Some People Just Can’t Take Critisism
This afternoon I had my first experience of how nasty and rude some people on twitter (certainly no-one I follow) can be sometimes if they don’t agree with you, even people in positions of responsibility with thousands of followers.
I got a call from my fiancée Lizzie while I was out at lunch today and during the conversation she mentioned that she’d seen the cover for this month’s Doctor Who Magazine when their twitter account had been retweeted by someone she follows and that she was annoyed that she’d been spoiled by it. DWM (@DWMtweets on twitter) use their latest magazine cover as their twitter picture and this latest cover contains on it spoilers for the fourth episode of this current series of Doctor Who.
Granted the only spoiler text on the cover was the title of the said episode but the picture that accompanied it showed significant information about the characters in that episode that you wouldn’t get just from the title of the episode. In fact, the title of the episode would suggest other characters entirely based on information previously given in the series.
Anyway, I have no particular problem with minor spoilers, but I know quite a few people who do so I avoid passing on those spoilers that I know and I follow basic internet-spoiler etiquette which is that spoilers should always come with a warning and have to be clicked through to or highlighted or similar. Likewise I don’t think that magazines should print spoilers on the cover where it can be seen by anyone browsing a newsagent. Spoilers should come with warnings and only inside the magazine. One of the reasons I love SFX magazine is that spoilers for everything are always well marked so I can avoid them when I want to.
This was also not the first time DWM had printed spoilers on the cover. In just the previous issue (#433) they’d printed a very big spoiler on the cover of the magazine regarding the season premier episode so I thought I was pretty justified in tweeting the following
“Doctor Who Magazine (@dwmtweets) do love to print spoilers on their front cover don’t they? Not very responsible.”
Not much happened, as is usual when I tweet, but after about 40 minutes I got my tweet re-tweeted by Tom Spilsbury (@tomspilsbury) the chief editor of DWM:
I tweeted back politely, attempting to explain my point and while I was doing so I started getting my @mentions column filling up with supporters of Mr. Spilsbury telling me I was ‘stupid’ and and an ‘Idiot’ and that they were sorry that he had ‘to put up with this kind of idiocy’ from fans. After attempting to explain my point for a while and recieving this sarcastic and rude response:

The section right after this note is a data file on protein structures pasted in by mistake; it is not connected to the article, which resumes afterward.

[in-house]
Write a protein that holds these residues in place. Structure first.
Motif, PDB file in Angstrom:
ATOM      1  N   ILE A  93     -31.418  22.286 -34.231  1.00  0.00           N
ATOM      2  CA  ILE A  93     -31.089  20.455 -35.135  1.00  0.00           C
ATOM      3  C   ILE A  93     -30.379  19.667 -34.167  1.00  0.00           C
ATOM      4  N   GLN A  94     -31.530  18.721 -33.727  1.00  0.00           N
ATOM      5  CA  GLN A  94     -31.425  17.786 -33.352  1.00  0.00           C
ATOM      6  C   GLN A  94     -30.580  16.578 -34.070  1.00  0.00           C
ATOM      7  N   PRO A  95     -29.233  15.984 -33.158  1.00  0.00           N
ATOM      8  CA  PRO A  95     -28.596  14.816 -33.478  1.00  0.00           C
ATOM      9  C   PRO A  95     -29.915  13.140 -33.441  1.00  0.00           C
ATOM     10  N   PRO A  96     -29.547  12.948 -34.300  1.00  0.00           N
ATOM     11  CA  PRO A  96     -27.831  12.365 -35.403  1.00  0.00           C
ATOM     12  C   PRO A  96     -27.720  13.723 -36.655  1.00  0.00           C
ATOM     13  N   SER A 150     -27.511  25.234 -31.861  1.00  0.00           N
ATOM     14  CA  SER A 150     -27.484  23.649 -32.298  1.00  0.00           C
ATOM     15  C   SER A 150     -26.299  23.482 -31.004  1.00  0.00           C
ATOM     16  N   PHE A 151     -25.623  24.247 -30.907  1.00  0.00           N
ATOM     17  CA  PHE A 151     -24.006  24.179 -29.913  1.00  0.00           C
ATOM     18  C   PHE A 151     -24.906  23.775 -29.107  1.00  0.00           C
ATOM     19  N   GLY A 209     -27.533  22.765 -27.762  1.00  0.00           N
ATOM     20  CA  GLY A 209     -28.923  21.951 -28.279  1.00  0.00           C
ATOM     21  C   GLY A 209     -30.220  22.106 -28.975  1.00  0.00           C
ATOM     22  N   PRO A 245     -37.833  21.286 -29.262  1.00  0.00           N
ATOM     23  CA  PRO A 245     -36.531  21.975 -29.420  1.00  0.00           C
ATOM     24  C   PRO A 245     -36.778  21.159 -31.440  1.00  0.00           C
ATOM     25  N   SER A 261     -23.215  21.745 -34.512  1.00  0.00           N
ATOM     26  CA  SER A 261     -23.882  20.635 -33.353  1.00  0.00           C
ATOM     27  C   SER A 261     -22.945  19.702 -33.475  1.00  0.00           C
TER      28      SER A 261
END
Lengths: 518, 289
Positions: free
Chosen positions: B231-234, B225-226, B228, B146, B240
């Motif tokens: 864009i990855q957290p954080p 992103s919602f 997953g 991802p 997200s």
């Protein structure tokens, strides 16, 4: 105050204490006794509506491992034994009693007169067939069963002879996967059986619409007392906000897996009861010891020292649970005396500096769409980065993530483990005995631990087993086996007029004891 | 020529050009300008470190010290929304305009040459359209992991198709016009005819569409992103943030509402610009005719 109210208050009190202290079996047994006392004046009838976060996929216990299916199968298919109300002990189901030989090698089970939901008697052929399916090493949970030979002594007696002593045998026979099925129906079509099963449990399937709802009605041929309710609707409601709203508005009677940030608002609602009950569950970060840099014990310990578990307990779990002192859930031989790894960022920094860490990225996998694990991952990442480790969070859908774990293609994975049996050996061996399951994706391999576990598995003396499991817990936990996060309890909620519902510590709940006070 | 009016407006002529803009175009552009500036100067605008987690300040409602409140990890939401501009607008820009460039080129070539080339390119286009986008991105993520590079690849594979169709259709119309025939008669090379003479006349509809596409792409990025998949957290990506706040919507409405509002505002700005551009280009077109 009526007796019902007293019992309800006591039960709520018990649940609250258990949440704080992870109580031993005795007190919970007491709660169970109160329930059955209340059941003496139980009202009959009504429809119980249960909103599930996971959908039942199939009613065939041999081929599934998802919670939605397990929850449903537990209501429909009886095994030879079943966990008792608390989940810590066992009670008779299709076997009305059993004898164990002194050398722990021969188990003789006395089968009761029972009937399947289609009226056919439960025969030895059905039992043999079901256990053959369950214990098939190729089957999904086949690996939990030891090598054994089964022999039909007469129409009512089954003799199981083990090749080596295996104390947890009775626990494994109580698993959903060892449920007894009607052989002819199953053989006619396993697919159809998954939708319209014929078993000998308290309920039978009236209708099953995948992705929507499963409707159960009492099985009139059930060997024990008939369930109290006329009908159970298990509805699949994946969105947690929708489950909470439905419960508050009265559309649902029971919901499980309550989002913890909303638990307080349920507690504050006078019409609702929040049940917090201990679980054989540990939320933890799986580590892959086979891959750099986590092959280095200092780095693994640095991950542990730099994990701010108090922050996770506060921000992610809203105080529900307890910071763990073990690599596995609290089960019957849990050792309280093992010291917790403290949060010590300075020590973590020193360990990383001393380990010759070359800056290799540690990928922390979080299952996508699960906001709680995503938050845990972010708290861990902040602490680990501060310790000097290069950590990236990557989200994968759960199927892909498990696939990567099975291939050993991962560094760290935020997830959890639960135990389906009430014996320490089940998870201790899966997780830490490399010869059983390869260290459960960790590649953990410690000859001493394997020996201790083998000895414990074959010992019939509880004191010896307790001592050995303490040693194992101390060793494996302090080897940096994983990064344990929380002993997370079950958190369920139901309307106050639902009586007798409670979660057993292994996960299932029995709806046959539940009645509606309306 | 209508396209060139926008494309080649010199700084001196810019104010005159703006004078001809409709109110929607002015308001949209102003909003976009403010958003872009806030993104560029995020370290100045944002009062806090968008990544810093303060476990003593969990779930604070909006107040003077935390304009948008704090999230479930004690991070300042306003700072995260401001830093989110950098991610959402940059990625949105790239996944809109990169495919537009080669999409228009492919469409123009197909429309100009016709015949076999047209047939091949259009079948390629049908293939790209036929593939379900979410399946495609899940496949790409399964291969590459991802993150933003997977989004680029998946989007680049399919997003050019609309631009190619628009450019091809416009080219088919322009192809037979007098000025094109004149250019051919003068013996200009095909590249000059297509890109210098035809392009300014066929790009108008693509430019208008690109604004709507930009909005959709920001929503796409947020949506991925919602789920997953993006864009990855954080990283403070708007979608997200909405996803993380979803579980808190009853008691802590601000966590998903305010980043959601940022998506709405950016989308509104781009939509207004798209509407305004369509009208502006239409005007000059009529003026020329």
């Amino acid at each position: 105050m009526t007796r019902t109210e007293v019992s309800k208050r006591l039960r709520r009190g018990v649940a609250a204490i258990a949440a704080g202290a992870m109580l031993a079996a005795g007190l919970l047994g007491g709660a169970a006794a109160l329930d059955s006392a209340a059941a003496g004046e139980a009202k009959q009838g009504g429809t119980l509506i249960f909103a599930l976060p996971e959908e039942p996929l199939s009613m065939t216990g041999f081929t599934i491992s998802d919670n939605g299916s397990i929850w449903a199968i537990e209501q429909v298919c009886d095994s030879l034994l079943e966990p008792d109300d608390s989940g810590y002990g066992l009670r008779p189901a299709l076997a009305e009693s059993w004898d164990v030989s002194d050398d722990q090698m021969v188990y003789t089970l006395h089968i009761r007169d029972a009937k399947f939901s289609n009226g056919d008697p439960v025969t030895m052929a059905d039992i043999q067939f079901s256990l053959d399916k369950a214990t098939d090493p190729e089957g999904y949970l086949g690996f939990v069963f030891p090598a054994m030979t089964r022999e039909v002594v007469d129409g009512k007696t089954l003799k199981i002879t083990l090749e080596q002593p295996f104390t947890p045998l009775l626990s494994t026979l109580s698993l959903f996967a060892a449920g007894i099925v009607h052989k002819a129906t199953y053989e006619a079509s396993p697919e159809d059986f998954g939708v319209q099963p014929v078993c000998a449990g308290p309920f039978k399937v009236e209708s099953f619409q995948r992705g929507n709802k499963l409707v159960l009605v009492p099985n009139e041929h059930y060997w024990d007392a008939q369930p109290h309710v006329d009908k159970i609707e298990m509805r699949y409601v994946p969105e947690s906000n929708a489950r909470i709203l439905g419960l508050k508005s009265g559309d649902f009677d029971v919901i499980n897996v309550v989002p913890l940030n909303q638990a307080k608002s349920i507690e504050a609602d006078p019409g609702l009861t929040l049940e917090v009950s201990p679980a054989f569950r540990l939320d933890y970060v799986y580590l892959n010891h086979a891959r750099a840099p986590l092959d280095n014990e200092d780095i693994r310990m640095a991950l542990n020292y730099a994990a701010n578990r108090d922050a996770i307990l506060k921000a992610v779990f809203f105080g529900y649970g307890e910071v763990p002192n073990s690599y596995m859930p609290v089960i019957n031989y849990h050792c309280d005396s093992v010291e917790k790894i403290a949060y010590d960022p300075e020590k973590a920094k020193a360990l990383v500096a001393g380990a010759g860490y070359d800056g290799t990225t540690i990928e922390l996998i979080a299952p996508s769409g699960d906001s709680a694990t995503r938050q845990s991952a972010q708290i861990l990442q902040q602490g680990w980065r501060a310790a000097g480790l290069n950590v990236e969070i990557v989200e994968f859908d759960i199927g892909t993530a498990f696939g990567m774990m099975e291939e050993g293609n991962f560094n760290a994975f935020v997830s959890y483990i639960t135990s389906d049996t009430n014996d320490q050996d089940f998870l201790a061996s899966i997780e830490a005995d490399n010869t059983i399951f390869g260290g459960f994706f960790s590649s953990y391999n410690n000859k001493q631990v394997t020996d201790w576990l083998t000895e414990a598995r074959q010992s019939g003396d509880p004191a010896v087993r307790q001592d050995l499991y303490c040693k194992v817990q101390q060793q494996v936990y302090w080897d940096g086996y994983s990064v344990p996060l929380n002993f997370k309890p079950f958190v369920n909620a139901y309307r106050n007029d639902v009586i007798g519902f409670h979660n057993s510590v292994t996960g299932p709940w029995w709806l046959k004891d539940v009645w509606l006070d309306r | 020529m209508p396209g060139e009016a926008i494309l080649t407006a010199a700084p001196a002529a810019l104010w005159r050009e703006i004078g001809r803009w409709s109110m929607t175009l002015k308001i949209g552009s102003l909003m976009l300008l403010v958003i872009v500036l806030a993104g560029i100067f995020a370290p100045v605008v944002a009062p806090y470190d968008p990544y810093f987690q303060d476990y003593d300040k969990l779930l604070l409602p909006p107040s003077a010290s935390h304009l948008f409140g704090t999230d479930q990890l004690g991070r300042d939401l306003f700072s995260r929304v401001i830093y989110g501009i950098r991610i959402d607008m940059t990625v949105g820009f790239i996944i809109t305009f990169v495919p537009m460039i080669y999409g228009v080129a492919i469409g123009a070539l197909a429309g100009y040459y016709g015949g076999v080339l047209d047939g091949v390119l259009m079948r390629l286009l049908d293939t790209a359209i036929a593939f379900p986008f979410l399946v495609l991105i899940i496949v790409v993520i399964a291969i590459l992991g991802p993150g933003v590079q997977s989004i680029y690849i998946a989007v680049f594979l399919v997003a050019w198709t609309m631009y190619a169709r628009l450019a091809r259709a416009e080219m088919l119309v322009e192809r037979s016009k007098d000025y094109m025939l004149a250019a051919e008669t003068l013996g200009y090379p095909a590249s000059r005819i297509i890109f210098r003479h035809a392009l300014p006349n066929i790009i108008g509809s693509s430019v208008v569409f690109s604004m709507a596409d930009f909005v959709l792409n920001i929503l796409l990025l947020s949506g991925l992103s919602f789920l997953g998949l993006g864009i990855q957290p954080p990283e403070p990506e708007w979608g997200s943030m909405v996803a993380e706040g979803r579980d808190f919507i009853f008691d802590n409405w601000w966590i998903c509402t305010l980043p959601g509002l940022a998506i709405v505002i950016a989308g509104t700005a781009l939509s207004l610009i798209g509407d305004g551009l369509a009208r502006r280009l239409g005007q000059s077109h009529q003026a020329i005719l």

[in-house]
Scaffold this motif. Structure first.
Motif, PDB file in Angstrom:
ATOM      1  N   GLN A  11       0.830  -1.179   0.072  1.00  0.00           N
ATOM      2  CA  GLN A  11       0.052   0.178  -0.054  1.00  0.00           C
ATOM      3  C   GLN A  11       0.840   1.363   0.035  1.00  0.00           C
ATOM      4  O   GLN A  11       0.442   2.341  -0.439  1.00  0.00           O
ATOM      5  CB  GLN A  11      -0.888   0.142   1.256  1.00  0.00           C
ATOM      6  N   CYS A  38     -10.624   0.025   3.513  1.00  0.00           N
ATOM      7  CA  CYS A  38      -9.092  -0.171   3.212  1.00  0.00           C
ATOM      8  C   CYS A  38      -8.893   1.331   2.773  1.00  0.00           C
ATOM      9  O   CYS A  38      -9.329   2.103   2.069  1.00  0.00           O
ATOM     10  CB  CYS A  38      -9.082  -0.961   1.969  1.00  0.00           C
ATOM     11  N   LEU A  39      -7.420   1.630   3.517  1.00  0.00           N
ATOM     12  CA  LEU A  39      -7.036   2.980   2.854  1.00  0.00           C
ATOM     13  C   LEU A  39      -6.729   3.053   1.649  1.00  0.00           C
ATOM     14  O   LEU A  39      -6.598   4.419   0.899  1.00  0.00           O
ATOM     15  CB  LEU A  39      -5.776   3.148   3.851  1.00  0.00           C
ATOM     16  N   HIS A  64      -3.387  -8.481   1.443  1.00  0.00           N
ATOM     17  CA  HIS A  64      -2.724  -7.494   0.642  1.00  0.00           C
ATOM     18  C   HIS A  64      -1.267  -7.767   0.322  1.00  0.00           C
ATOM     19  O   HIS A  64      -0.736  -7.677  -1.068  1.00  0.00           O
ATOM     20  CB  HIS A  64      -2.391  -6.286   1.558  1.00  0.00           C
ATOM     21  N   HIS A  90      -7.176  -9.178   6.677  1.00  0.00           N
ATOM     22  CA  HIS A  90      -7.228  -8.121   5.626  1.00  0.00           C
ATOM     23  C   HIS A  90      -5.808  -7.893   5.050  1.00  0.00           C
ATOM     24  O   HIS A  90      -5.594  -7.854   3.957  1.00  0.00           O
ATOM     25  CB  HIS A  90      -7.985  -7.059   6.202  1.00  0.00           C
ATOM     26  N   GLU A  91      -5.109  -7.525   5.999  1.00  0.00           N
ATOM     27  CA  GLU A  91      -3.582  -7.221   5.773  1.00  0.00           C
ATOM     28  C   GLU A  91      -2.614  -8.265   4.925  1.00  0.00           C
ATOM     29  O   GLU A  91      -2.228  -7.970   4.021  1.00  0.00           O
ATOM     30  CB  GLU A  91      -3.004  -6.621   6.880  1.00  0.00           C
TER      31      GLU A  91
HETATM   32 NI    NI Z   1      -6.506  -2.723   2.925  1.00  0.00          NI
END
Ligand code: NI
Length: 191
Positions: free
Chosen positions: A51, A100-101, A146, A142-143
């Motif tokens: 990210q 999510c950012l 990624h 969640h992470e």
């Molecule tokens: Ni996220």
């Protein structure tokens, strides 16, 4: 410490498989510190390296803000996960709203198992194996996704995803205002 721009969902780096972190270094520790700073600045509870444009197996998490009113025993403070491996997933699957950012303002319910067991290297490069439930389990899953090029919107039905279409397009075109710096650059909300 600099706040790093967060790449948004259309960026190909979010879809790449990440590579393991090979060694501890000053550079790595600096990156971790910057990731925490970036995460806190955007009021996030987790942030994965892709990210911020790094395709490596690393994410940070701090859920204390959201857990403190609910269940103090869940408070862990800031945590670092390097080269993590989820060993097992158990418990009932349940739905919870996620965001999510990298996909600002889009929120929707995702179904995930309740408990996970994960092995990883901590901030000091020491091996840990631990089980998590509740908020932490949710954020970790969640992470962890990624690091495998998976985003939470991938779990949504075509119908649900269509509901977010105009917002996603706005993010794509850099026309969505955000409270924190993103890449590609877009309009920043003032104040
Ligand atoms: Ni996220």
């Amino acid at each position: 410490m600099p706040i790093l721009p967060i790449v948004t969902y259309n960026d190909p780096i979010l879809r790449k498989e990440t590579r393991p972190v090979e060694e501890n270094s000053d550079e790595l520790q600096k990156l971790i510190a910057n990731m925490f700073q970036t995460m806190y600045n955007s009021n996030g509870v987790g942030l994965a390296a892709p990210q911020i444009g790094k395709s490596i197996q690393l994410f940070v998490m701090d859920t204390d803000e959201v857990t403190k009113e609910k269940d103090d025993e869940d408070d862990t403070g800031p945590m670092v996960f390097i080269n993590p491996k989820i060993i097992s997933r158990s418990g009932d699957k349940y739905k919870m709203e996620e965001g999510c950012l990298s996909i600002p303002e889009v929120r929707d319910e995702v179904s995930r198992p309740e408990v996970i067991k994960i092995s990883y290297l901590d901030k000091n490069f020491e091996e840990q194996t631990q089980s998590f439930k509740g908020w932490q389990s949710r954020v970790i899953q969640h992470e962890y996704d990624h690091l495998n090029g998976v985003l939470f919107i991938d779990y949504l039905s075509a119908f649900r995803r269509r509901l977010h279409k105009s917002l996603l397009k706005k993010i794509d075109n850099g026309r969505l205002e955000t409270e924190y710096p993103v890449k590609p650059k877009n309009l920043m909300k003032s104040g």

“Would you prefer we print a load of blank pages every month? WOULD YOU?!”
I decided to give up. It amazes me how someone who is a professional in a probably quite highly paid job can’t take a little criticism without shouting at me over twitter and rallying all his fans to attack me for it. Just because I have a difference of opinion to him doesn’t mean that I deserve to be belittled. It’s not as if I was engaged in a persistent campaign against DWM or anything. He’s an editor of a national magazine and has to be prepared for people to disagree with him on things occasionally. If he wanted to engage me in dialogue, a reply to me rather than a retweet that showed my comment to all his followers would have been far more appropriate.
About half an hour after the tweet attack had stopped, Mr. Spilsbury actually tweeted an apology at me and gave some decent points in his defence for the magazine cover. If that had been his initial tweet to me, we might have been able to have an intelligent conversation about it, but it was not to be.
Today I was attacked, albeit digitally, by a decent number of people for my opinion because it differed from theirs, that this can go on among adults in the modern day astounds me. I don’t want to attempt to retaliate or anything, that would be sinking to their level. They’re really not worth me getting angry about, but I certainly won’t be buying any copies of Doctor Who Magazine during Spilsbury’s tenure as editor.